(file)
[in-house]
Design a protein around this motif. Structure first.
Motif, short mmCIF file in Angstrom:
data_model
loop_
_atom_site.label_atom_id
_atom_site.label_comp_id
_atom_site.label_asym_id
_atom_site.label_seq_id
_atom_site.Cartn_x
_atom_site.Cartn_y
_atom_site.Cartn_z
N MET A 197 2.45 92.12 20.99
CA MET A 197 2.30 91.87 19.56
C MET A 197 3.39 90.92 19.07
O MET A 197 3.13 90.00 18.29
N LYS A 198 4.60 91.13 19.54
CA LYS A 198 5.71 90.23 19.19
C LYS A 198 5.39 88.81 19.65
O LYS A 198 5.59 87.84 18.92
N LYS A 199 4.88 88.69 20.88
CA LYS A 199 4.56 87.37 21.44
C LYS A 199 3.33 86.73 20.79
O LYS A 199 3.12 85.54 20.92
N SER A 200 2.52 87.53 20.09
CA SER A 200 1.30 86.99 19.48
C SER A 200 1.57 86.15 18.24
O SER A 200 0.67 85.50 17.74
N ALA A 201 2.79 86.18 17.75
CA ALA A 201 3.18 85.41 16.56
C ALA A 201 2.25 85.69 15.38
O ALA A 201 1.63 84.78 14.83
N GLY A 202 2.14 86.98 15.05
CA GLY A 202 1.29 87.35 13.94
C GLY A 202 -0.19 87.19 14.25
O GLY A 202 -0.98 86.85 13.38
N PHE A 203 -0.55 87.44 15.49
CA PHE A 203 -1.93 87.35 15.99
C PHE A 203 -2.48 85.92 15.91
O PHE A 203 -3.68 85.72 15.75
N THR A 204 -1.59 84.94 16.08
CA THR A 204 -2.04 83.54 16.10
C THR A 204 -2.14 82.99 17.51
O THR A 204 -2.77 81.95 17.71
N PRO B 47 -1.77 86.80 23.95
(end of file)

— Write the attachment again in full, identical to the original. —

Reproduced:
[in-house]
Design a protein around this motif. Structure first.
Motif, short mmCIF file in Angstrom:
data_model
loop_
_atom_site.label_atom_id
_atom_site.label_comp_id
_atom_site.label_asym_id
_atom_site.label_seq_id
_atom_site.Cartn_x
_atom_site.Cartn_y
_atom_site.Cartn_z
N MET A 197 2.45 92.12 20.99
CA MET A 197 2.30 91.87 19.56
C MET A 197 3.39 90.92 19.07
O MET A 197 3.13 90.00 18.29
N LYS A 198 4.60 91.13 19.54
CA LYS A 198 5.71 90.23 19.19
C LYS A 198 5.39 88.81 19.65
O LYS A 198 5.59 87.84 18.92
N LYS A 199 4.88 88.69 20.88
CA LYS A 199 4.56 87.37 21.44
C LYS A 199 3.33 86.73 20.79
O LYS A 199 3.12 85.54 20.92
N SER A 200 2.52 87.53 20.09
CA SER A 200 1.30 86.99 19.48
C SER A 200 1.57 86.15 18.24
O SER A 200 0.67 85.50 17.74
N ALA A 201 2.79 86.18 17.75
CA ALA A 201 3.18 85.41 16.56
C ALA A 201 2.25 85.69 15.38
O ALA A 201 1.63 84.78 14.83
N GLY A 202 2.14 86.98 15.05
CA GLY A 202 1.29 87.35 13.94
C GLY A 202 -0.19 87.19 14.25
O GLY A 202 -0.98 86.85 13.38
N PHE A 203 -0.55 87.44 15.49
CA PHE A 203 -1.93 87.35 15.99
C PHE A 203 -2.48 85.92 15.91
O PHE A 203 -3.68 85.72 15.75
N THR A 204 -1.59 84.94 16.08
CA THR A 204 -2.04 83.54 16.10
C THR A 204 -2.14 82.99 17.51
O THR A 204 -2.77 81.95 17.71
N PRO B 47 -1.77 86.80 23.95